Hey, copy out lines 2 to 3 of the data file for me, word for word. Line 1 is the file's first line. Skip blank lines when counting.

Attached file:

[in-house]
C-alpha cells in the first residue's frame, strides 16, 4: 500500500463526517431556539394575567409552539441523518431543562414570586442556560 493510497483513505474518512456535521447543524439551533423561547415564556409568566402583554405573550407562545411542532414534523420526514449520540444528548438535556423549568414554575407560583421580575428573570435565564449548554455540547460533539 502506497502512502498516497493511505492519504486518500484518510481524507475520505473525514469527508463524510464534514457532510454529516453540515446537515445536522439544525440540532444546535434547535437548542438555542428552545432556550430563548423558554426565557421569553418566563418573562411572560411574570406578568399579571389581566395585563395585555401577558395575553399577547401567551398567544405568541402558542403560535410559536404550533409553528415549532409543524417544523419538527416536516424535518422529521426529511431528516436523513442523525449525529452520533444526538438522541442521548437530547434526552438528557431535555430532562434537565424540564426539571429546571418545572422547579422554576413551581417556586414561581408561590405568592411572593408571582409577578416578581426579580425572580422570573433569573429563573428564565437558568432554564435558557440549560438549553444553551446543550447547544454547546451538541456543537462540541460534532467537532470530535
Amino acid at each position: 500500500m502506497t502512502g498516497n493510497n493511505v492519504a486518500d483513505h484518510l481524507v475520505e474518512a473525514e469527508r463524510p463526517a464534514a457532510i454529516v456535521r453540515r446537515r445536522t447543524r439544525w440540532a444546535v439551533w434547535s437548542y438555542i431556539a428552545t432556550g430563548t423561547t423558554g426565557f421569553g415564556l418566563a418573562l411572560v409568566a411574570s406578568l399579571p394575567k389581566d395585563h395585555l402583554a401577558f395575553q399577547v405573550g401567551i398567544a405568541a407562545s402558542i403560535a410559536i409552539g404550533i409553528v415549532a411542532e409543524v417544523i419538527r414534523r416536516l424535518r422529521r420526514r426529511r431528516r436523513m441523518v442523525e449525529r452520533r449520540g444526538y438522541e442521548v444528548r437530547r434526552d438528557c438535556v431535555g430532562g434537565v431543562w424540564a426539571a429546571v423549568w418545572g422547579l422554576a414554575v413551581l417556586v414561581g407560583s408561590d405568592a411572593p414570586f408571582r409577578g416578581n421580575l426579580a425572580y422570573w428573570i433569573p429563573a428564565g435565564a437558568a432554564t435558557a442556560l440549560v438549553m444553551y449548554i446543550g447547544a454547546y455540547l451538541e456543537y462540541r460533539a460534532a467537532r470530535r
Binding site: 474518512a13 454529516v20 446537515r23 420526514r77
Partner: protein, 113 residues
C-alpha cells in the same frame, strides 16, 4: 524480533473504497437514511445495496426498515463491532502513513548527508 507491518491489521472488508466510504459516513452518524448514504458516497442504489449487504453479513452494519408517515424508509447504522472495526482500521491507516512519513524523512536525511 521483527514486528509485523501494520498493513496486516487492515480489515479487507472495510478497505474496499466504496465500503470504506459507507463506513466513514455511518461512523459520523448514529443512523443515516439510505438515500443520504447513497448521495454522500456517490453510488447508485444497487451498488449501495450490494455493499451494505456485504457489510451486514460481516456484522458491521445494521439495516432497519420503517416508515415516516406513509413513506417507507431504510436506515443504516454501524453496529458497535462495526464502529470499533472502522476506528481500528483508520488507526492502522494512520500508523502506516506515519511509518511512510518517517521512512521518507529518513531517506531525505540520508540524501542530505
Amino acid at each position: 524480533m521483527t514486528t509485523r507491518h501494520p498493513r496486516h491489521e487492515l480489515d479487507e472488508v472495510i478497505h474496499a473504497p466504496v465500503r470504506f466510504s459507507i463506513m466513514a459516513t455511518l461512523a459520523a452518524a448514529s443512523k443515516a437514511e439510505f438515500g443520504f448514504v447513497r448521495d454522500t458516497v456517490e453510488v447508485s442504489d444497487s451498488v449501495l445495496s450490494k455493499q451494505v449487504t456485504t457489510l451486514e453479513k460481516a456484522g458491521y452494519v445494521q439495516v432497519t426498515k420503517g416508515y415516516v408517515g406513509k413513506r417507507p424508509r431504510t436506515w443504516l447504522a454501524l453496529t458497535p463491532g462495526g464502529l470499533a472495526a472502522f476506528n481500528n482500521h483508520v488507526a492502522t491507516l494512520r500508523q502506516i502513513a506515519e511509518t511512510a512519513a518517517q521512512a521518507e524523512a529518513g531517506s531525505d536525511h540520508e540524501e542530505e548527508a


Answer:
C-alpha cells in the first residue's frame, strides 16, 4: 500500500463526517431556539394575567409552539441523518431543562414570586442556560 493510497483513505474518512456535521447543524439551533423561547415564556409568566402583554405573550407562545411542532414534523420526514449520540444528548438535556423549568414554575407560583421580575428573570435565564449548554455540547460533539 502506497502512502498516497493511505492519504486518500484518510481524507475520505473525514469527508463524510464534514457532510454529516453540515446537515445536522439544525440540532444546535434547535437548542438555542428552545432556550430563548423558554426565557421569553418566563418573562411572560411574570406578568399579571389581566395585563395585555401577558395575553399577547401567551398567544405568541402558542403560535410559536404550533409553528415549532409543524417544523419538527416536516424535518422529521426529511431528516436523513442523525449525529452520533444526538438522541442521548437530547434526552438528557431535555430532562434537565424540564426539571429546571418545572422547579422554576413551581417556586414561581408561590405568592411572593408571582409577578416578581426579580425572580422570573433569573429563573428564565437558568432554564435558557440549560438549553444553551446543550447547544454547546451538541456543537462540541460534532467537532470530535
Amino acid at each position: 500500500m502506497t502512502g498516497n493510497n493511505v492519504a486518500d483513505h484518510l481524507v475520505e474518512a473525514e469527508r463524510p463526517a464534514a457532510i454529516v456535521r453540515r446537515r445536522t447543524r439544525w440540532a444546535v439551533w434547535s437548542y438555542i431556539a428552545t432556550g430563548t423561547t423558554g426565557f421569553g415564556l418566563a418573562l411572560v409568566a411574570s406578568l399579571p394575567k389581566d395585563h395585555l402583554a401577558f395575553q399577547v405573550g401567551i398567544a405568541a407562545s402558542i403560535a410559536i409552539g404550533i409553528v415549532a411542532e409543524v417544523i419538527r414534523r416536516l424535518r422529521r420526514r426529511r431528516r436523513m441523518v442523525e449525529r452520533r449520540g444526538y438522541e442521548v444528548r437530547r434526552d438528557c438535556v431535555g430532562g434537565v431543562w424540564a426539571a429546571v423549568w418545572g422547579l422554576a414554575v413551581l417556586v414561581g407560583s408561590d405568592a411572593p414570586f408571582r409577578g416578581n421580575l426579580a425572580y422570573w428573570i433569573p429563573a428564565g435565564a437558568a432554564t435558557a442556560l440549560v438549553m444553551y449548554i446543550g447547544a454547546y455540547l451538541e456543537y462540541r460533539a460534532a467537532r470530535r